Although a police officer may ostensibly pull you over for texting while driving, speeding, crossing a yellow line, running a stop sign, or driving in an erratic manner, the more likely reason for the traffic stop is suspected impaired driving. In other words, the officer is really pulling you over because he or she believes that you are operating your vehicle while under the influence of drugs or alcohol.
These types of traffic stops, called pretextual stops, are valid and constitutional. DUI checkpoints, also known as sobriety checkpoints, are also constitutional.
If an officer pulls you over and determines that you are operating your vehicle while under the influence of alcohol, you will likely be arrested. However, it is important to realize that all of your constitutional rights are still in full force at this time and when it comes to police questioning, silence is golden. You should immediately arrange for a DUI defense attorney to be present for any police questioning.
If you have been arrested and charged with a DUI in the state of Georgia, you need experienced legal representation on your side. The attorneys at The Epps Law Group have the legal knowledge and expertise to assist you with obtaining a favorable result in your DUI case.
What Happens Immediately after an Arrest?
In the state of Georgia, DUIs are arrestable offenses and the police will generally place the offender in handcuffs and into a police squad car. The arrestee will then be processed in accordance with standard police protocols for the county or jurisdiction where the arrest occurs. This part of the arrest process includes the following:
- A blood alcohol concentration (BAC) test (breath, urine, or blood)
- Police Questioning and Interrogation
Questioning by a Police Officers Before, During, or After an Arrest is Made
During a traffic stop – and sometimes after arresting the driver for a DUI – police officers will ask a series of questions. By law, the driver is not required to answer these questions and may request that an attorney be present during any and all questioning. This legal right against self-incrimination stems from the Fifth Amendment to the United States Constitution.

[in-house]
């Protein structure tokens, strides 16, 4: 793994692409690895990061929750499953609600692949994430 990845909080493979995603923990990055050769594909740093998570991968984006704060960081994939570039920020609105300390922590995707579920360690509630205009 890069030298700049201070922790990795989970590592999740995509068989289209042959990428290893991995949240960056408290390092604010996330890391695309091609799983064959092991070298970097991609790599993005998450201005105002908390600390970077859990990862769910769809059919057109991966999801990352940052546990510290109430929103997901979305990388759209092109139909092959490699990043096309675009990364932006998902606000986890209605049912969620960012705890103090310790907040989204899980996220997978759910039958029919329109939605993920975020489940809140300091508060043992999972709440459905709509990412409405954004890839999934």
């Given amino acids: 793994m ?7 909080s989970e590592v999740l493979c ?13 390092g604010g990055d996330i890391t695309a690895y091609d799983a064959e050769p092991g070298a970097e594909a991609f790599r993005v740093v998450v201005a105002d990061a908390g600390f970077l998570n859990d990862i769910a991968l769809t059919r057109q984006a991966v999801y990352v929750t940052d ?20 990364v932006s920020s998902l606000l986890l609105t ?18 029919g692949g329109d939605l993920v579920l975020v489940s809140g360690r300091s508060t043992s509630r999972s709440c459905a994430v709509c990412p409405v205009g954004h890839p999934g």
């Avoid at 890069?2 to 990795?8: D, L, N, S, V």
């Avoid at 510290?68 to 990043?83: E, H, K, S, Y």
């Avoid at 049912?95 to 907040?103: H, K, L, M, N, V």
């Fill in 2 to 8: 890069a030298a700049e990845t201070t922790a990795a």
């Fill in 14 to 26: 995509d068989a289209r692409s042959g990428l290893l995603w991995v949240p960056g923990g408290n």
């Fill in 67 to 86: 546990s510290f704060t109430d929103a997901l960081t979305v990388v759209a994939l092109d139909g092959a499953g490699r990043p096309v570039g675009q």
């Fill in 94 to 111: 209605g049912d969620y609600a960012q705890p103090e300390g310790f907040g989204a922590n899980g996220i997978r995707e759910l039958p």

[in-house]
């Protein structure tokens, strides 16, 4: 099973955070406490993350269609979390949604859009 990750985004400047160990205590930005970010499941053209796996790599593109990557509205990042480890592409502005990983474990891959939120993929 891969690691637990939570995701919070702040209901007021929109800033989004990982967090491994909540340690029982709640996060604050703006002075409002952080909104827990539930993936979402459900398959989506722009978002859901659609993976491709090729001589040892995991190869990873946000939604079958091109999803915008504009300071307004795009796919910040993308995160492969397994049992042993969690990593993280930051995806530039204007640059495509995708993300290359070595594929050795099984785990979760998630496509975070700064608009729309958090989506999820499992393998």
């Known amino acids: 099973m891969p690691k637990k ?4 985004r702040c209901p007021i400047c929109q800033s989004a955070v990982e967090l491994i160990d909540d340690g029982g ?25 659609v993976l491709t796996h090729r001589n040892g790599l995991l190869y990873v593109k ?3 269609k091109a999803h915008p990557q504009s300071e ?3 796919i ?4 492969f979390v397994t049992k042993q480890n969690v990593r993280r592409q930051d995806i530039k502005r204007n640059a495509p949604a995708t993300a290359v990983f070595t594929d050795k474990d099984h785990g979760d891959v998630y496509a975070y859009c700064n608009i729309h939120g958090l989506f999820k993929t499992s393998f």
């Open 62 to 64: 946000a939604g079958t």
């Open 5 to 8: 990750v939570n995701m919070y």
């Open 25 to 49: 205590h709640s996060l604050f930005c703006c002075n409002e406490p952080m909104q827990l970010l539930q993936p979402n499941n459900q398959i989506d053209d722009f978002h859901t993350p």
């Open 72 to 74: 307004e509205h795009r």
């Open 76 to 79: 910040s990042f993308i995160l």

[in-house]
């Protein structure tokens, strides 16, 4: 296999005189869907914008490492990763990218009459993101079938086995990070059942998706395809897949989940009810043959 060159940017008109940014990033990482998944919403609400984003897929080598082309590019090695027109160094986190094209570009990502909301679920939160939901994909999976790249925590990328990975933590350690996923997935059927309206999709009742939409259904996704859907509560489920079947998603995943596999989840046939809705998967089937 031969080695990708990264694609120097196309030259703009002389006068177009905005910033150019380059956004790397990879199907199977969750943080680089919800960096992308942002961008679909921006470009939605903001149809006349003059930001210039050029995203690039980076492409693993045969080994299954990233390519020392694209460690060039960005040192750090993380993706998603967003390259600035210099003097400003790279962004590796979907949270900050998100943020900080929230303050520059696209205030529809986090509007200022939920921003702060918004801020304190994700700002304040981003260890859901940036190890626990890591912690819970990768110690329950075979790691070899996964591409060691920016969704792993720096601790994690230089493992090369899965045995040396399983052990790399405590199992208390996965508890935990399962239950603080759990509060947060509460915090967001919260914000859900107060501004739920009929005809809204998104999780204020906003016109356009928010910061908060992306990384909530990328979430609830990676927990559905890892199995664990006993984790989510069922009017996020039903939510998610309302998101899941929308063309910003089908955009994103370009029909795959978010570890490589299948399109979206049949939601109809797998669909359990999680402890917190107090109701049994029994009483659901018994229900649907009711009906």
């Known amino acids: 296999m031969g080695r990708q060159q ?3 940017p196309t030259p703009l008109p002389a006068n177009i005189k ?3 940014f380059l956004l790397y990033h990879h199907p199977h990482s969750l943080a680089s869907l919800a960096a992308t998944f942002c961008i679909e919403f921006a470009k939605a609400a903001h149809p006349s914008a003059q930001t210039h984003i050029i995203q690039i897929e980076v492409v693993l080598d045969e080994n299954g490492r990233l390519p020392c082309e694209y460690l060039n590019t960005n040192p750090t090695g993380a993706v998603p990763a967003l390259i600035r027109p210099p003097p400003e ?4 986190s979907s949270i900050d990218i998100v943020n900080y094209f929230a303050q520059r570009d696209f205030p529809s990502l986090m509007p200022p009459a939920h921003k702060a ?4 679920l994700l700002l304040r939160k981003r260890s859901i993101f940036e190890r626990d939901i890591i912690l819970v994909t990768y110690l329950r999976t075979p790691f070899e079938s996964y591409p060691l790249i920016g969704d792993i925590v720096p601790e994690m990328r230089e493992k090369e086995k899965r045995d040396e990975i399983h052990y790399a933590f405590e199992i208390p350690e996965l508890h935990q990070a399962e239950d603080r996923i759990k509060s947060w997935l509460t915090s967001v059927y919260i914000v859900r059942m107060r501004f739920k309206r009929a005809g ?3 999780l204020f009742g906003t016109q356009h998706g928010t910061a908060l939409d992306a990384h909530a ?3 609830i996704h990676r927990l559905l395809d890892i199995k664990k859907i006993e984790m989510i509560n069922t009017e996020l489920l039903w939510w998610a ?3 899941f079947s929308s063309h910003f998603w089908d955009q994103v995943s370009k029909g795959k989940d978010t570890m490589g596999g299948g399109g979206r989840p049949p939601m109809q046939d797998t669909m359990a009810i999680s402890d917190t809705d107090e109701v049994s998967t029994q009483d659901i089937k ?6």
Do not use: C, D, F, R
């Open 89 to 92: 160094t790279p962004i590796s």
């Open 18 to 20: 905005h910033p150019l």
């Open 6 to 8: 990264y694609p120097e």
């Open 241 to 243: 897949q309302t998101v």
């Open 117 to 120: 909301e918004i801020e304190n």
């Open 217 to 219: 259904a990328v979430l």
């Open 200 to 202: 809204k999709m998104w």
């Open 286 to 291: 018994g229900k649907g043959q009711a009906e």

If the driver requests an attorney immediately prior to any police questioning, he or she cannot be forced to answer a police officer’s questions until after an attorney is made available and is present for the questioning. Any evidence obtained as a result of improper police questioning or interrogation techniques may be suppressed at the criminal trial.
If an officer begins asking the driver questions either during the traffic stop – or after an arrest has already been made – the driver should politely decline to answer any questions until legal counsel may be present. The police must also allow a reasonable time to meet with and consult legal counsel prior to answering any questions.
Contact a Suwanee DUI Defense Attorney Today for an Initial Consultation
If you say the wrong thing in response to police questioning, you can potentially make an already bad situation much worse. The DUI defense lawyers at the Epps Law Group have the legal knowledge, skills, and experience to help you achieve a favorable result in your case.
To schedule a free consultation and case evaluation with a Suwanee, Johns Creek, Cumming, Forsyth County, Gwinnett County, Dawsonville, Dahlonega, Lumpkin County, or Dawson County DUI defense lawyer, please call us today or contact us online.